Economic cracks

The Bell

Hello! In the words of Central Bank governor Elvira Nabiullina, Russia’s economy is undergoing a “structural transformation.” But exactly what this means is unclear: events are moving fast and unpredictably. Our top story this week is the big economic surprise that – after an inflationary shock in March – Russia recorded deflation last month amid a sharp drop in demand. Forced to call an emergency meeting, the Central Bank slashed interest rates by three percentage points. This also helped to stop the strengthening of the ruble, which, at 55 to the U.S. dollar, was starting to jeopardize financial stability.

What’s happening?

The Central Bank announced Wednesday an emergency board meeting for the following day. This kind of extraordinary meeting is very rare, but since the start of the year we’ve already seen two: one after the start of the war at the end of February to raise interest rates to 20 percent, and in early April when the rate was lowered to 17 percent.

The market immediately suspected something was afoot and, sure enough, that evening Rosstat published consumer price data for May 14-20 that showed deflation for the first time since last year. This is a very rare occurrence: if Russia records any deflation, it is invariably in August and September when the harvest pushes down prices for fruit and vegetables. This time, though, prices dropped (albeit by just 0.02 percent) after four-and-a-half months of rapid increases (overall, prices are up 11.8 percent since the start of the year).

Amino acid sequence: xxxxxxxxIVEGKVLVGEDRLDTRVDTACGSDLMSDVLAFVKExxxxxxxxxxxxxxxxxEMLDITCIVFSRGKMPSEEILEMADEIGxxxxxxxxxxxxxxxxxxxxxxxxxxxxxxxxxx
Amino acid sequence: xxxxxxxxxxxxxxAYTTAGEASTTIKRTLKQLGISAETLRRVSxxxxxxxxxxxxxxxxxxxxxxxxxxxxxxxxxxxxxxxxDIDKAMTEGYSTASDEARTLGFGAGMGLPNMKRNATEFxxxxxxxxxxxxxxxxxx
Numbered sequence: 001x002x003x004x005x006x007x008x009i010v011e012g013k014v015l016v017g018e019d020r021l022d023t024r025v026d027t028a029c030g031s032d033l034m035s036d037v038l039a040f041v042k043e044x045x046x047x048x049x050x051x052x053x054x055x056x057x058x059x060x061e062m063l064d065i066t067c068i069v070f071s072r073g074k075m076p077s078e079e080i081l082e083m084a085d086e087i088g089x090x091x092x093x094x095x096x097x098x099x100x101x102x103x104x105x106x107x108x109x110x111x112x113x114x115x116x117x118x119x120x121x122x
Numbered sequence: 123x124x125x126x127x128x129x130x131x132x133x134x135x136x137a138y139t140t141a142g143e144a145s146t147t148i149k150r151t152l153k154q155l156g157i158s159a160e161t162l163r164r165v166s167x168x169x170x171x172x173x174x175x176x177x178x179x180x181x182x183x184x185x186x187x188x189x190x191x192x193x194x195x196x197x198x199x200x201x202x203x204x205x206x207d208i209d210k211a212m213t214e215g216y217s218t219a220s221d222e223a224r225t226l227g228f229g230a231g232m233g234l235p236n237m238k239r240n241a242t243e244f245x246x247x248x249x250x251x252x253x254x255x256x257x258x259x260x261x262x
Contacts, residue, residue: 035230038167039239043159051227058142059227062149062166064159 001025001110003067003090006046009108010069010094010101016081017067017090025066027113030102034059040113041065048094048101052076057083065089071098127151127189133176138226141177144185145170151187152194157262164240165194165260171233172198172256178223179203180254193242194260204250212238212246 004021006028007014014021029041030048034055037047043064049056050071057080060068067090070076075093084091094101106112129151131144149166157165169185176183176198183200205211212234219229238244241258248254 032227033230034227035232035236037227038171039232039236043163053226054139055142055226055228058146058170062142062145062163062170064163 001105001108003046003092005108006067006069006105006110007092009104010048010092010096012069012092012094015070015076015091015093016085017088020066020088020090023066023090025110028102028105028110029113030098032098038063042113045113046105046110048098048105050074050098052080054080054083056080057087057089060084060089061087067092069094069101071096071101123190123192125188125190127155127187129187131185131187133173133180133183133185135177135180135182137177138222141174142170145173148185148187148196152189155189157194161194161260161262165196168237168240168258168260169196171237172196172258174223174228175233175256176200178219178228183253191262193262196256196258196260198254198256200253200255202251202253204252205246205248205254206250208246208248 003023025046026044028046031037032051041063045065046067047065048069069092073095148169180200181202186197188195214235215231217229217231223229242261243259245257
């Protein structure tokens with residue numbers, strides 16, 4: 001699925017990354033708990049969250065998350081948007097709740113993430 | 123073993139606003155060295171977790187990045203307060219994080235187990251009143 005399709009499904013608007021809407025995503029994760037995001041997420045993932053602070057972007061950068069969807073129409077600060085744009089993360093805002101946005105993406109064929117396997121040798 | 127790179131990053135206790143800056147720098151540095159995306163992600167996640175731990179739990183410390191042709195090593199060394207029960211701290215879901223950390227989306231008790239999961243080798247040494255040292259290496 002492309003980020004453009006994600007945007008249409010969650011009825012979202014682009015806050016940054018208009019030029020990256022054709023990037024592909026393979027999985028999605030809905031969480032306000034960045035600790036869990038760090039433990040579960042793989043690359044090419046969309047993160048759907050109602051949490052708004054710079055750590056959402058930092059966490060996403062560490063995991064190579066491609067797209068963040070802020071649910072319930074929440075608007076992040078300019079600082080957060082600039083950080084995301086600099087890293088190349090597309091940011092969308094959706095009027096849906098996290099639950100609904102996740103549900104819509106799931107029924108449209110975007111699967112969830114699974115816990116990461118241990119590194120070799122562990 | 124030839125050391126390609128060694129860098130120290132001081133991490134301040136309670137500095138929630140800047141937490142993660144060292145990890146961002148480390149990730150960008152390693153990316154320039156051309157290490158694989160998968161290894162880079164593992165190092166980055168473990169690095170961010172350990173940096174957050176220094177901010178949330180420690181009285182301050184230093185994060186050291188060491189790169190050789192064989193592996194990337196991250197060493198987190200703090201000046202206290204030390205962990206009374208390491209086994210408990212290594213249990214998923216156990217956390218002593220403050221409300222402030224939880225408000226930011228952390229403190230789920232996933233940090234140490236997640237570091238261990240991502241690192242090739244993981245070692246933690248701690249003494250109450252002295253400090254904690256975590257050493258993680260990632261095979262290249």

Deflation is a sign of reduced demand in the economy. The Economic Development Ministry’s first comments on the Rosstat’s figures explained them as “a continuing slump in consumer activity caused by a decrease in immediate demand and a return to more familiar patterns of consumer spending after several months of citizens buying ‘for the future’.”

But the ruble’s inexorable rise also played an obvious role. Dmitry Polevoy, director of investments at Loko-Invest, suggested that the scale of the currency strengthening “triggered the financial authorities’ pain points”. Economic Development Minister Maxim Reshetnikov described Thursday the current exchange rate as “a problem in the long run”.

Should deflation drag on, manufacturers will start to make a loss, cut investments and staff, leading to unemployment rises that exacerbate an economic slump. This could then lead to a deflationary spiral that might take years to overcome.

Reshetnikov described the situation as a demand crisis, citing data from cash registers that showed a 10 percent drop in consumer spending compared with pre-war levels. According to Sberindex (which details spending on the cards of state-owned lender Sberbank), Russians continue to spend more in annual terms. However, with inflation at 18 percent, this is unsurprising. Meanwhile, demand for some non-food products is already in a deep recession: on May 22, spending on clothes was down 40.9 percent year-on-year, furniture spending was down 23.3 percent, and spending on electronics was down 15.5 percent.

“We could fall into a deflationary spiral where a reduction in the money circulating in the economy leads to reduced productivity, falling prices and so on,” Reshetnikov said Thursday.

The government response

The Central Bank slashed the interest rate by 3 percentage points (to 11 percent) and made clear that it was willing to lower the rate even further at its next meeting on June 10. For example, Polevoy expects another cut of up to 1 percentage point.